Back to Top | Article Outline


Rural communities and small towns across the United States are faced with shrinking populations, poorer health status and outcomes, loss wages, and resource depletion, leaving families significantly impacted.4 A promising approach to stimulating the economy and quality of life in rural communities is economic development strategies that work interprofessionally to increase partnership building, business development and entrepreneurship, health and environment, workforce development and employment, infrastructure design, connection with technological advances, and most importantly sustainable development. For instance, partnership building creates networks of opportunities for information sharing, an exchange of resources, and the coordination and collaboration of coalition building for joint problem solving with stakeholders. The education, skills, experiences, and creativity beyond a single organization increase the opportunity for broad-ranging areas and increased support.

Newly appointed HSAs or early careerists embarking upon new health management professions should support the efforts of startup businesses with a continuous and ongoing effort to achieve measurable improvements in the efficiency, effectiveness, performance, accountability, outcomes, and other indicators of quality in the services and processes they provide with goals to achieve equity and improve the health of rural area residents. Using a deliberate and defined quality improvement process focused on activities that are responsive to community needs and improving population health should be priority.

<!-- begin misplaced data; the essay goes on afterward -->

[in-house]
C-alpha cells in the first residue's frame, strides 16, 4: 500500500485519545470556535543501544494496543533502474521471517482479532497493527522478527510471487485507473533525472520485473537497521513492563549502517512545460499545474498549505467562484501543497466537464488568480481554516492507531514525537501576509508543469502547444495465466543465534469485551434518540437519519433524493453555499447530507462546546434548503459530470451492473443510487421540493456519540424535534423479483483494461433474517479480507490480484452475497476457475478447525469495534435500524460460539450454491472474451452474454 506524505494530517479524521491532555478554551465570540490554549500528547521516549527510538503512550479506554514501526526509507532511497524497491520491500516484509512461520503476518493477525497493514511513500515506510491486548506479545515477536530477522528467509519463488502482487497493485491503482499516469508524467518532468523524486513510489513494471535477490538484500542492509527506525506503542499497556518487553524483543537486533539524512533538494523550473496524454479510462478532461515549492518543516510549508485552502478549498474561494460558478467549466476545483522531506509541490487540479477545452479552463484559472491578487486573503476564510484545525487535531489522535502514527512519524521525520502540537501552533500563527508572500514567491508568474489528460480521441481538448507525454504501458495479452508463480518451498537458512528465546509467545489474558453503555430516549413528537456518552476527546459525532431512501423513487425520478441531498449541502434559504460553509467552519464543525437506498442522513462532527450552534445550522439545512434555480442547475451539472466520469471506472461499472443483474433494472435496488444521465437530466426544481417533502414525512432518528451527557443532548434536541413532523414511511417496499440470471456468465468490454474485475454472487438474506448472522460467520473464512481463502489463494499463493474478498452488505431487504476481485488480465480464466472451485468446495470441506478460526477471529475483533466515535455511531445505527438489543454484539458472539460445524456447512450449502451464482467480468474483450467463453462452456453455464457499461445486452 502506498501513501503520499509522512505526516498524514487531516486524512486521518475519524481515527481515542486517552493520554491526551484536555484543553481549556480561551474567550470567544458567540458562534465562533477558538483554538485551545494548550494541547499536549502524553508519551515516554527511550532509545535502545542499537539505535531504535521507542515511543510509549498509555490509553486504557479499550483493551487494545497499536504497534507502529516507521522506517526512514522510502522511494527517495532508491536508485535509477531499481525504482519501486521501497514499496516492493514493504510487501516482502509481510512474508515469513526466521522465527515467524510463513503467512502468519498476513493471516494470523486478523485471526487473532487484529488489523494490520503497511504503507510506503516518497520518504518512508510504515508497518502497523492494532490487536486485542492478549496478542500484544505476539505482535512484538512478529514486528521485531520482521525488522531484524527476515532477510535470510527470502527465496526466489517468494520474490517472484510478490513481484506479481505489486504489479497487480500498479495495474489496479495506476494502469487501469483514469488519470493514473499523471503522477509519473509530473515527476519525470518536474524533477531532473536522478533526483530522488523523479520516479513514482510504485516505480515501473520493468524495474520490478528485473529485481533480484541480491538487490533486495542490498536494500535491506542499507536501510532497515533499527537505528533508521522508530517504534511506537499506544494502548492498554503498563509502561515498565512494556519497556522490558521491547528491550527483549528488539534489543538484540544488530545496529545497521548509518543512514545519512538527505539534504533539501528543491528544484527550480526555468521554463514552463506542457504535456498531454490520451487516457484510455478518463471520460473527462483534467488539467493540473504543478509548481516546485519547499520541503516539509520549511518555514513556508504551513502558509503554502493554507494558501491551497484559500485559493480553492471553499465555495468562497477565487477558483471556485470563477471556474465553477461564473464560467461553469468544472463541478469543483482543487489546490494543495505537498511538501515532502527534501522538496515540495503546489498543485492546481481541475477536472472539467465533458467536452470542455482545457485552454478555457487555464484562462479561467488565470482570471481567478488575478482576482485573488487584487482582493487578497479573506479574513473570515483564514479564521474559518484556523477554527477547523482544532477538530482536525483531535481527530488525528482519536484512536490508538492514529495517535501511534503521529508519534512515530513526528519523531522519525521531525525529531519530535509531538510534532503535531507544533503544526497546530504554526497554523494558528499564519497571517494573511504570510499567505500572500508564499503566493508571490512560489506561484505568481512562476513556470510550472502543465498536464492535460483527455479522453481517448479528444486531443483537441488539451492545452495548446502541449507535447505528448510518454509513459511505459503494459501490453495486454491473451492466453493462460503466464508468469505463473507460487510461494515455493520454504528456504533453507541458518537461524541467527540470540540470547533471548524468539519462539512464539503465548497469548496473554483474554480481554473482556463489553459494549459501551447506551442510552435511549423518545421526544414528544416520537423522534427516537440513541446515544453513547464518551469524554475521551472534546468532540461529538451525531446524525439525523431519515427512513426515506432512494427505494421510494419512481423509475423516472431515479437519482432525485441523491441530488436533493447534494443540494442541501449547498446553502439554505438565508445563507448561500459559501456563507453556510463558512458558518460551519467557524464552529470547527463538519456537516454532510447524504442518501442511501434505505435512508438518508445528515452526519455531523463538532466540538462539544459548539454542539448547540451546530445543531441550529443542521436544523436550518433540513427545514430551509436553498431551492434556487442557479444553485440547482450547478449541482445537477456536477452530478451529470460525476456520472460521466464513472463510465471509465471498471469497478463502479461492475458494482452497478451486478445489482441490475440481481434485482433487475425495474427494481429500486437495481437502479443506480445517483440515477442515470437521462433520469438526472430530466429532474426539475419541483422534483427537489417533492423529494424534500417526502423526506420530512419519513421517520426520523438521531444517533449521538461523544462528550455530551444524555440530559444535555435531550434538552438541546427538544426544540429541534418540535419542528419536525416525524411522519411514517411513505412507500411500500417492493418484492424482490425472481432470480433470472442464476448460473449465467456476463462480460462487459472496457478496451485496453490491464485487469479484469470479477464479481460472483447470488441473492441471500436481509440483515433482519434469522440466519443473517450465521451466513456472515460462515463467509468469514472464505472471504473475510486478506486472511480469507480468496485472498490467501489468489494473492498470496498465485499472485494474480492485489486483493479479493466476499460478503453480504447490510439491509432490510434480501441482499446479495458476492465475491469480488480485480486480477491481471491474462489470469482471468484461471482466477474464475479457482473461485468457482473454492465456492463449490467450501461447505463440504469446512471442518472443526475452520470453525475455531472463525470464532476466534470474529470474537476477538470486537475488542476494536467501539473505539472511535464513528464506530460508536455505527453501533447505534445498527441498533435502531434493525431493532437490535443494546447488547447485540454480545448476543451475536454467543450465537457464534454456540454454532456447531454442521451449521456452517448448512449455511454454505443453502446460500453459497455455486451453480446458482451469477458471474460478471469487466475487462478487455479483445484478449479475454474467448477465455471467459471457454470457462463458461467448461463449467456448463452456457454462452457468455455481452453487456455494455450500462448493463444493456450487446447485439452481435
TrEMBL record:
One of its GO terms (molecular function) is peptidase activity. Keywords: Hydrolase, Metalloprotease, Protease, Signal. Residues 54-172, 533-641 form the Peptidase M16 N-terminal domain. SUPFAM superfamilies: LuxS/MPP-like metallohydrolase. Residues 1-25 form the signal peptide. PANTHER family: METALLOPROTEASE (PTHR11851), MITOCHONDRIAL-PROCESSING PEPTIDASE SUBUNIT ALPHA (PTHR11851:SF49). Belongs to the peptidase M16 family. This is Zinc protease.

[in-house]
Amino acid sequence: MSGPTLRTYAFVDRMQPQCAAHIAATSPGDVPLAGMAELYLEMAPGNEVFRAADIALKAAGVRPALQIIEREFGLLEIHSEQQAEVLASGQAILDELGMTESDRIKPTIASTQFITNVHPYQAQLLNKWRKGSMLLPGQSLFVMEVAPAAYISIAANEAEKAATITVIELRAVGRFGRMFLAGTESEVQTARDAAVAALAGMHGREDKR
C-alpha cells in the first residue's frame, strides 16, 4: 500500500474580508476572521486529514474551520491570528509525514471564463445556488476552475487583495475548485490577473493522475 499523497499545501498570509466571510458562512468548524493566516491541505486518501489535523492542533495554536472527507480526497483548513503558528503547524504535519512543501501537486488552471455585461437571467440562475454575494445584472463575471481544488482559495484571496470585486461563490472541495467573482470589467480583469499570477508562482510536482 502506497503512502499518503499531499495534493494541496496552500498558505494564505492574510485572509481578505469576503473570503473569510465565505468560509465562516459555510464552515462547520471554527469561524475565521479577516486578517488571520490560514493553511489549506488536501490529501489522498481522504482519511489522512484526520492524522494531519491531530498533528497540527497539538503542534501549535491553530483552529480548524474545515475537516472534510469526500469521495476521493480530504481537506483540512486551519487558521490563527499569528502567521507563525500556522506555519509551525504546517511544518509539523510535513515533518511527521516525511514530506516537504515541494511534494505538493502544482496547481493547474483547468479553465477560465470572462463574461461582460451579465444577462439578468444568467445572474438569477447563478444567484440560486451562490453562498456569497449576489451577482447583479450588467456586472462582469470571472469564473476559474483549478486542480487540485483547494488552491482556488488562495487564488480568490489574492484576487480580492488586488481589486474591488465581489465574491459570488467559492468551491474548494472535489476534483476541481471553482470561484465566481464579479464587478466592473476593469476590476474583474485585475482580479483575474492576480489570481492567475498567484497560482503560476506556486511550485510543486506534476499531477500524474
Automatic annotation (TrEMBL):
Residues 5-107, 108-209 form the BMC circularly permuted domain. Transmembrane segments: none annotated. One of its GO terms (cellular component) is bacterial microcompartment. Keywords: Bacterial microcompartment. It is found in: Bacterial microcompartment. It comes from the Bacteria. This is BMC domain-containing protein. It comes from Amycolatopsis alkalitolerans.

Taking a similar approach of federally qualified community health centers, early careerists should enhance their agency's service delivery model to take an innovative approach to accessing health resources, health education, and health promotion.5 The initiation of cost-effective and resource-sharing projects that best address the access to care needs of rural residents is a unique approach to designing delivery systems that are specific to improving health outcomes among minorities and persons with such chronic conditions as diabetes, cardiovascular disease, respiratory illness, obesity, and oral health problems. Providing a seamless continuum of high-quality health care and partnering with other service organizations to enhance overall coordination and navigation of care would be ideal for HSAs managing facilities that have an increased patient population of rural residents. Additionally, health navigation services such as enrollment in health plans, prescription medication access, and oral health prevention services centrally located would help to relieve the disproportionate burden of chronic disease management and promote care coordination.5

There is an increasing need for the exploration of improving knowledge and increasing awareness of the possibilities of telehealth utilization in rural communities. Recognizing the importance of technological connectivity supports in real time is important to health promotion efforts that seek to utilize technology for health service delivery.4 For instance, access and stigma can impact mental and medical health help-seeking behaviors. Little is known about the barriers that discourage professionals from practicing in rural areas, but a common concern is that integrating an outsider into a rural community presents a unique set of challenges and competing cultural and communal society demands.4 Another concern is provider readiness and technological resource availability, which must be addressed in preparation of telehealth service delivery for rural and remote areas.4,6-8